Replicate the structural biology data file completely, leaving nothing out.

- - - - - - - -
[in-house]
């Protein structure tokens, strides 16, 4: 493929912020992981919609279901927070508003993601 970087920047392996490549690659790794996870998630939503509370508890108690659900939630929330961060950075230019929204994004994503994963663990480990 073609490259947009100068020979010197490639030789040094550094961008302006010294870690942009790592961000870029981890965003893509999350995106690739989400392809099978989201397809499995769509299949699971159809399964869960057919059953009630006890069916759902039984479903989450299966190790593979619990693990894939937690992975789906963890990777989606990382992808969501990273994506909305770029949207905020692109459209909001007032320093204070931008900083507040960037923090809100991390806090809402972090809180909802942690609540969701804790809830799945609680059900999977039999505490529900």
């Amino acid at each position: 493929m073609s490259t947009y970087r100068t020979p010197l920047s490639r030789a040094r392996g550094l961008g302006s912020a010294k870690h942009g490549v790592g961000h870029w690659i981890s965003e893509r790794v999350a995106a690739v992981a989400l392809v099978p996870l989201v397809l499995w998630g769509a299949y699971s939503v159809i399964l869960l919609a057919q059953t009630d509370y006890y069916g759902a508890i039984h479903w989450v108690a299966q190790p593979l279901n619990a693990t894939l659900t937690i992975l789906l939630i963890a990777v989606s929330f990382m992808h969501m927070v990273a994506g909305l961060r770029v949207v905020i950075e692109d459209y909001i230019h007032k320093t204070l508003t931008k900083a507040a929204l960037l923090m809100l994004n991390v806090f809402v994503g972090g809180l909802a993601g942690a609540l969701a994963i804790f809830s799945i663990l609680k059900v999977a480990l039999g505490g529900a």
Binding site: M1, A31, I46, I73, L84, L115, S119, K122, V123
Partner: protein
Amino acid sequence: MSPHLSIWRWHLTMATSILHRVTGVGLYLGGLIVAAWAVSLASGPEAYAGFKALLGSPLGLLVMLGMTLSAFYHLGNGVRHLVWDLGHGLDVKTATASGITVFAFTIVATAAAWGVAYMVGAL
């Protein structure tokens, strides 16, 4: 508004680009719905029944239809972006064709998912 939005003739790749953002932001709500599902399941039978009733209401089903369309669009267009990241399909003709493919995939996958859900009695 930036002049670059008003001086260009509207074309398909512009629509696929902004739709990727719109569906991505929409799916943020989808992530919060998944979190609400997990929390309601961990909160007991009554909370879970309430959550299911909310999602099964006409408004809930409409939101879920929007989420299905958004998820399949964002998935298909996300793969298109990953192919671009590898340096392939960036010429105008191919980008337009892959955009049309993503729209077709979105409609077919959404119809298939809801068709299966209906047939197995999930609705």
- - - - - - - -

[in-house]
């Protein structure tokens, strides 16, 4: 493929912020992981919609279901927070508003993601 970087920047392996490549690659790794996870998630939503509370508890108690659900939630929330961060950075230019929204994004994503994963663990480990 073609490259947009100068020979010197490639030789040094550094961008302006010294870690942009790592961000870029981890965003893509999350995106690739989400392809099978989201397809499995769509299949699971159809399964869960057919059953009630006890069916759902039984479903989450299966190790593979619990693990894939937690992975789906963890990777989606990382992808969501990273994506909305770029949207905020692109459209909001007032320093204070931008900083507040960037923090809100991390806090809402972090809180909802942690609540969701804790809830799945609680059900999977039999505490529900």
């Amino acid at each position: 493929m073609s490259t947009y970087r100068t020979p010197l920047s490639r030789a040094r392996g550094l961008g302006s912020a010294k870690h942009g490549v790592g961000h870029w690659i981890s965003e893509r790794v999350a995106a690739v992981a989400l392809v099978p996870l989201v397809l499995w998630g769509a299949y699971s939503v159809i399964l869960l919609a057919q059953t009630d509370y006890y069916g759902a508890i039984h479903w989450v108690a299966q190790p593979l279901n619990a693990t894939l659900t937690i992975l789906l939630i963890a990777v989606s929330f990382m992808h969501m927070v990273a994506g909305l961060r770029v949207v905020i950075e692109d459209y909001i230019h007032k320093t204070l508003t931008k900083a507040a929204l960037l923090m809100l994004n991390v806090f809402v994503g972090g809180l909802a993601g942690a609540l969701a994963i804790f809830s799945i663990l609680k059900v999977a480990l039999g505490g529900a």
Binding site: M1, A31, I46, I73, L84, L115, S119, K122, V123
Partner: protein
Amino acid sequence: MSPHLSIWRWHLTMATSILHRVTGVGLYLGGLIVAAWAVSLASGPEAYAGFKALLGSPLGLLVMLGMTLSAFYHLGNGVRHLVWDLGHGLDVKTATASGITVFAFTIVATAAAWGVAYMVGAL
């Protein structure tokens, strides 16, 4: 508004680009719905029944239809972006064709998912 939005003739790749953002932001709500599902399941039978009733209401089903369309669009267009990241399909003709493919995939996958859900009695 930036002049670059008003001086260009509207074309398909512009629509696929902004739709990727719109569906991505929409799916943020989808992530919060998944979190609400997990929390309601961990909160007991009554909370879970309430959550299911909310999602099964006409408004809930409409939101879920929007989420299905958004998820399949964002998935298909996300793969298109990953192919671009590898340096392939960036010429105008191919980008337009892959955009049309993503729209077709979105409609077919959404119809298939809801068709299966209906047939197995999930609705």